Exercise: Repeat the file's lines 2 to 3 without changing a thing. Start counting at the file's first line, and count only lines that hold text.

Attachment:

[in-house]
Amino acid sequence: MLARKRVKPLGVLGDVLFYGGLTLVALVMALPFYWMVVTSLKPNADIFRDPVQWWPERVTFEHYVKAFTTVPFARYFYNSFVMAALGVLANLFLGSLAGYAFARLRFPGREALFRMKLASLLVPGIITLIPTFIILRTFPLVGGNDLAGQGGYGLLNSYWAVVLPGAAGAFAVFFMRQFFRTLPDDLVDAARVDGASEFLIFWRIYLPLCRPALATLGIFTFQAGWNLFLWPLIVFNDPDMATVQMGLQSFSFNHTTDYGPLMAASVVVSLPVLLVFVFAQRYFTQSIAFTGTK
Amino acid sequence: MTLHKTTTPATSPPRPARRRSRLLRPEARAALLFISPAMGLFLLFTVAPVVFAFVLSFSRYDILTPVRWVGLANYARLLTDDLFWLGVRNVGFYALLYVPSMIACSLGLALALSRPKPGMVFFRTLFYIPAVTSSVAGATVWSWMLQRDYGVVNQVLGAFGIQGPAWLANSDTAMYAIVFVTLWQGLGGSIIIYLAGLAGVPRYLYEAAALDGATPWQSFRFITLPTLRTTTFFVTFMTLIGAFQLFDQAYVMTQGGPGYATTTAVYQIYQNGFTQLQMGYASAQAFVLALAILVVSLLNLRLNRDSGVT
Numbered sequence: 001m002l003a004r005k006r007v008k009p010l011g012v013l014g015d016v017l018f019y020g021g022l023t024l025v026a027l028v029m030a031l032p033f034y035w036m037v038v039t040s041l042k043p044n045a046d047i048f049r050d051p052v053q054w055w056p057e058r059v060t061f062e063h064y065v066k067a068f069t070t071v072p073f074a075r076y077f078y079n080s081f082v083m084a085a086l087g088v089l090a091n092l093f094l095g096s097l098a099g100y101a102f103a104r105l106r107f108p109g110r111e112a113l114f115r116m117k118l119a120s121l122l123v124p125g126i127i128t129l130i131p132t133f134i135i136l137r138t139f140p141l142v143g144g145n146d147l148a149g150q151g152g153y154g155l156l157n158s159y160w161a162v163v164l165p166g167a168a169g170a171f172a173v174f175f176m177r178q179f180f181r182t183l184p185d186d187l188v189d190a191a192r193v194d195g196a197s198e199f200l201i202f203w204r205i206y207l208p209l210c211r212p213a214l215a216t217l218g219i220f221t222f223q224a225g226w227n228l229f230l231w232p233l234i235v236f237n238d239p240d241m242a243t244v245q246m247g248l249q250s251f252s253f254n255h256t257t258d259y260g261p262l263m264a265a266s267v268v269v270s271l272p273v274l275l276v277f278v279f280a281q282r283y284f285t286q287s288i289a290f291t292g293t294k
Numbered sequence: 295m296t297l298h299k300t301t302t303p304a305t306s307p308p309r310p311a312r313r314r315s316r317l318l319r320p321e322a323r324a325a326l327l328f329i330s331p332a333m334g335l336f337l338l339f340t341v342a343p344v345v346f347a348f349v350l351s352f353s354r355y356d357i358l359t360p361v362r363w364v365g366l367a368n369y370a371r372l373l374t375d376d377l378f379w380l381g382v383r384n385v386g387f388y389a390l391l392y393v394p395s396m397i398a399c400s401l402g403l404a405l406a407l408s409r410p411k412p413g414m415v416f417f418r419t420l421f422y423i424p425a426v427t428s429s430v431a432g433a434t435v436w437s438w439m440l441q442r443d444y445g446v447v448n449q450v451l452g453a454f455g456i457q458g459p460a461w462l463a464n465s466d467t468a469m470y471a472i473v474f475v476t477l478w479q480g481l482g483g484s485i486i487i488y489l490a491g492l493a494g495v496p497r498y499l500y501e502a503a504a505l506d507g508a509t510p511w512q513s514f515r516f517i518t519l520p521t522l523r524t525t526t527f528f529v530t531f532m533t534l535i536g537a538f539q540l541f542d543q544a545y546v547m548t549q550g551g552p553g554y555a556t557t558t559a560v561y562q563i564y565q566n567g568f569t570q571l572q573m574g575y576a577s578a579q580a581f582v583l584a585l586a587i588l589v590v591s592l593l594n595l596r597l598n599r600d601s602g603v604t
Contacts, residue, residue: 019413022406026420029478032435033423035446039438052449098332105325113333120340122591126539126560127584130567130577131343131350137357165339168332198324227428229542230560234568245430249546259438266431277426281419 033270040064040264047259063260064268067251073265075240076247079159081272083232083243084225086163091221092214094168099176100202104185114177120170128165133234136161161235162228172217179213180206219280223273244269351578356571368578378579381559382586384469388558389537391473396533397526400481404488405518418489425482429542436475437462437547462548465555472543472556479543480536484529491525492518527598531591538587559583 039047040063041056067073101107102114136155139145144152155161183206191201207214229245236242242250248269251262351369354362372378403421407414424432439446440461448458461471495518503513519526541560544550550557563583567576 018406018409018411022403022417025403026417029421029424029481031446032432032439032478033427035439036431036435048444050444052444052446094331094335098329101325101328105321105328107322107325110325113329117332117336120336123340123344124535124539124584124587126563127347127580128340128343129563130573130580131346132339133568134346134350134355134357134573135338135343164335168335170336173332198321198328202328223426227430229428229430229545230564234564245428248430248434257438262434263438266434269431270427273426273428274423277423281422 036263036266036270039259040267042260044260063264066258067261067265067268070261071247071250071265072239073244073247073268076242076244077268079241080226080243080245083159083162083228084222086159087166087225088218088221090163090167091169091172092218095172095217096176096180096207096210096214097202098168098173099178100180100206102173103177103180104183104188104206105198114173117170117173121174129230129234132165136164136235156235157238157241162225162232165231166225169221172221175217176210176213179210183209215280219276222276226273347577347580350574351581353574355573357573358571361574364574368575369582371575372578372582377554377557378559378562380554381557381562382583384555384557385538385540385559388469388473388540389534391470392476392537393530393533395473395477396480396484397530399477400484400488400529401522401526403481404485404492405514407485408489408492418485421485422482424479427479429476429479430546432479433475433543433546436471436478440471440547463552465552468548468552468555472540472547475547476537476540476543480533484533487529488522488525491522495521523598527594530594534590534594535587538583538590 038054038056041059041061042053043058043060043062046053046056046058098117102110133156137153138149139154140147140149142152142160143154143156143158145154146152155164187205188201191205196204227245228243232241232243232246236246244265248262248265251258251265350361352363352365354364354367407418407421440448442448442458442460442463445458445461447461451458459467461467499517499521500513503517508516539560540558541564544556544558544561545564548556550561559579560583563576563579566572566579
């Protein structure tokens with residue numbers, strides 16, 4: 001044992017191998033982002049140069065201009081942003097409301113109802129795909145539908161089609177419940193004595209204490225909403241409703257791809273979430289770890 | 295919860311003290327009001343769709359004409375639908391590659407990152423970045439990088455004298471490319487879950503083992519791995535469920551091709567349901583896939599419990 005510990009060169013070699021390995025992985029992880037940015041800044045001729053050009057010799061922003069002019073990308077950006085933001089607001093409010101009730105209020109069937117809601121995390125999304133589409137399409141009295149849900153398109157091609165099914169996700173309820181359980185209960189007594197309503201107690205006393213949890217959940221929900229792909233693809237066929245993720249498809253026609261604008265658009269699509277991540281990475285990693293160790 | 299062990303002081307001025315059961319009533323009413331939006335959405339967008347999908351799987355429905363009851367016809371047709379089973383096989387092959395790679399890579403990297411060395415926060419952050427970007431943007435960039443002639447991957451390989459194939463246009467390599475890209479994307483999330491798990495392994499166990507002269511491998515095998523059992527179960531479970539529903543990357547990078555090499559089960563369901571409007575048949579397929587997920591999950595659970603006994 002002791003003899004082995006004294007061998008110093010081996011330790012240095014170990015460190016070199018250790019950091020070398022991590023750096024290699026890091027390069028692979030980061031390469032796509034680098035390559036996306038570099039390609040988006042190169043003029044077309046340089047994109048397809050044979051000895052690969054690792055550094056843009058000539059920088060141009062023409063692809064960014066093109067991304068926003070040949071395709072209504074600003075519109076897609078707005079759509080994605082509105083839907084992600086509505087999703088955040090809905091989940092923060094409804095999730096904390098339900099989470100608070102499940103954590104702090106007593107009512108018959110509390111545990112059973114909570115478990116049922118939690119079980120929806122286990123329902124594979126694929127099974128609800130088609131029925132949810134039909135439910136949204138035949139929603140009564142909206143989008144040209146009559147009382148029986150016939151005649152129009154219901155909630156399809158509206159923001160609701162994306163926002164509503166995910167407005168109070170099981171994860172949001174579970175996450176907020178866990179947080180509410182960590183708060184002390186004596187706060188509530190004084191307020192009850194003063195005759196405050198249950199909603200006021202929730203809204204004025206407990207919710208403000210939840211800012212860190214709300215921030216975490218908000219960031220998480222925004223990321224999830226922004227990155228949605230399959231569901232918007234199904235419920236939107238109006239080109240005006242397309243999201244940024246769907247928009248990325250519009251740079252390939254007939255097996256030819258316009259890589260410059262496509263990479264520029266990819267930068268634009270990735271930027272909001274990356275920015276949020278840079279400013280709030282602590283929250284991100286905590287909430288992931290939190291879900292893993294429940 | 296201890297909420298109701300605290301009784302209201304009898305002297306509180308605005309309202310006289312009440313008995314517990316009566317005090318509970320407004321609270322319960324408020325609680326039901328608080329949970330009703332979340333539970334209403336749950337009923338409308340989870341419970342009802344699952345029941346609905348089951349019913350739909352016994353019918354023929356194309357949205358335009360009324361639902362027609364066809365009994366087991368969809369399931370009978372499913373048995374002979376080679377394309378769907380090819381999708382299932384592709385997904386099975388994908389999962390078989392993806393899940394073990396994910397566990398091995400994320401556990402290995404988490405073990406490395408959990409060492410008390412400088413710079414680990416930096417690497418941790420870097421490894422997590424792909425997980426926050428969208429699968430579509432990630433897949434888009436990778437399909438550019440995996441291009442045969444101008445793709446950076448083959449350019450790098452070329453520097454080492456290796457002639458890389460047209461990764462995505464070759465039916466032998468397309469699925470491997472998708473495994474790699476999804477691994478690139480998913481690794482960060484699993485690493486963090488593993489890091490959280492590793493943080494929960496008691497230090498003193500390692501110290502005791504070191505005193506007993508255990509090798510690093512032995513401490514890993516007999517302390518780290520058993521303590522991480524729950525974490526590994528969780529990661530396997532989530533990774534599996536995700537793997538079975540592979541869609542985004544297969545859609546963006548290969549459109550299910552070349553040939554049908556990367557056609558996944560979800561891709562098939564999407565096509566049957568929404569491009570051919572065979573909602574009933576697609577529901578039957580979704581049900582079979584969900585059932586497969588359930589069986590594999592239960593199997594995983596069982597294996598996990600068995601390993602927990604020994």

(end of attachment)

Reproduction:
Amino acid sequence: MLARKRVKPLGVLGDVLFYGGLTLVALVMALPFYWMVVTSLKPNADIFRDPVQWWPERVTFEHYVKAFTTVPFARYFYNSFVMAALGVLANLFLGSLAGYAFARLRFPGREALFRMKLASLLVPGIITLIPTFIILRTFPLVGGNDLAGQGGYGLLNSYWAVVLPGAAGAFAVFFMRQFFRTLPDDLVDAARVDGASEFLIFWRIYLPLCRPALATLGIFTFQAGWNLFLWPLIVFNDPDMATVQMGLQSFSFNHTTDYGPLMAASVVVSLPVLLVFVFAQRYFTQSIAFTGTK
Amino acid sequence: MTLHKTTTPATSPPRPARRRSRLLRPEARAALLFISPAMGLFLLFTVAPVVFAFVLSFSRYDILTPVRWVGLANYARLLTDDLFWLGVRNVGFYALLYVPSMIACSLGLALALSRPKPGMVFFRTLFYIPAVTSSVAGATVWSWMLQRDYGVVNQVLGAFGIQGPAWLANSDTAMYAIVFVTLWQGLGGSIIIYLAGLAGVPRYLYEAAALDGATPWQSFRFITLPTLRTTTFFVTFMTLIGAFQLFDQAYVMTQGGPGYATTTAVYQIYQNGFTQLQMGYASAQAFVLALAILVVSLLNLRLNRDSGVT